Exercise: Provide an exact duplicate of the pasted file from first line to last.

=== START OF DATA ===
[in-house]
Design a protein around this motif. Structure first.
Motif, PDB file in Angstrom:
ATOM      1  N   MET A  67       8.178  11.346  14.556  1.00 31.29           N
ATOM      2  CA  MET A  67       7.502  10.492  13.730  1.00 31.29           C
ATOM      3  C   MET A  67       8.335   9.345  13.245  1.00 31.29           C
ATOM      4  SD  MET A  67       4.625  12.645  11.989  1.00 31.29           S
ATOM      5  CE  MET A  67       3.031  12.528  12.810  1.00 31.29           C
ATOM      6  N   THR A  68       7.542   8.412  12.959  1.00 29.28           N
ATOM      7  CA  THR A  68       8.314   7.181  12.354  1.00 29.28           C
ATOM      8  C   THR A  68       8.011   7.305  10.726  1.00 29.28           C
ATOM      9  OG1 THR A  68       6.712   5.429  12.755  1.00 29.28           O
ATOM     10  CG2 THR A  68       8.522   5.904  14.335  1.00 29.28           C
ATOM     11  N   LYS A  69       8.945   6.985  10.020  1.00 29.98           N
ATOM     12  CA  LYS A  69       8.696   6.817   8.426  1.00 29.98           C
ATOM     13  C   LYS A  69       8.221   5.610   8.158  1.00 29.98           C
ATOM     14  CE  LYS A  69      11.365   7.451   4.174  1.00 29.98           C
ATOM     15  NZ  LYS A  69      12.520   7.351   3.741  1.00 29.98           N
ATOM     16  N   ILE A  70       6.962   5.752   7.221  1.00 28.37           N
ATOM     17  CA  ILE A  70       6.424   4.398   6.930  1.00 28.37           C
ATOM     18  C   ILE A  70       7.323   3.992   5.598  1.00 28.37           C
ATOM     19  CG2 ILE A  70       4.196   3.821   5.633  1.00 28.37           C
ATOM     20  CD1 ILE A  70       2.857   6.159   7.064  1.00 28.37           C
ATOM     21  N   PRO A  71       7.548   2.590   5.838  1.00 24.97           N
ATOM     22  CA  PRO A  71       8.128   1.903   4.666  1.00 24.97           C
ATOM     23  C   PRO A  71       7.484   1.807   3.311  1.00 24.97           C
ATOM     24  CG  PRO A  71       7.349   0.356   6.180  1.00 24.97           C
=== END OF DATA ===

[in-house]
Design a protein around this motif. Structure first.
Motif, PDB file in Angstrom:
ATOM      1  N   MET A  67       8.178  11.346  14.556  1.00 31.29           N
ATOM      2  CA  MET A  67       7.502  10.492  13.730  1.00 31.29           C
ATOM      3  C   MET A  67       8.335   9.345  13.245  1.00 31.29           C
ATOM      4  SD  MET A  67       4.625  12.645  11.989  1.00 31.29           S
ATOM      5  CE  MET A  67       3.031  12.528  12.810  1.00 31.29           C
ATOM      6  N   THR A  68       7.542   8.412  12.959  1.00 29.28           N
ATOM      7  CA  THR A  68       8.314   7.181  12.354  1.00 29.28           C
ATOM      8  C   THR A  68       8.011   7.305  10.726  1.00 29.28           C
ATOM      9  OG1 THR A  68       6.712   5.429  12.755  1.00 29.28           O
ATOM     10  CG2 THR A  68       8.522   5.904  14.335  1.00 29.28           C
ATOM     11  N   LYS A  69       8.945   6.985  10.020  1.00 29.98           N
ATOM     12  CA  LYS A  69       8.696   6.817   8.426  1.00 29.98           C
ATOM     13  C   LYS A  69       8.221   5.610   8.158  1.00 29.98           C
ATOM     14  CE  LYS A  69      11.365   7.451   4.174  1.00 29.98           C
ATOM     15  NZ  LYS A  69      12.520   7.351   3.741  1.00 29.98           N
ATOM     16  N   ILE A  70       6.962   5.752   7.221  1.00 28.37           N
ATOM     17  CA  ILE A  70       6.424   4.398   6.930  1.00 28.37           C
ATOM     18  C   ILE A  70       7.323   3.992   5.598  1.00 28.37           C
ATOM     19  CG2 ILE A  70       4.196   3.821   5.633  1.00 28.37           C
ATOM     20  CD1 ILE A  70       2.857   6.159   7.064  1.00 28.37           C
ATOM     21  N   PRO A  71       7.548   2.590   5.838  1.00 24.97           N
ATOM     22  CA  PRO A  71       8.128   1.903   4.666  1.00 24.97           C
ATOM     23  C   PRO A  71       7.484   1.807   3.311  1.00 24.97           C
ATOM     24  CG  PRO A  71       7.349   0.356   6.180  1.00 24.97           C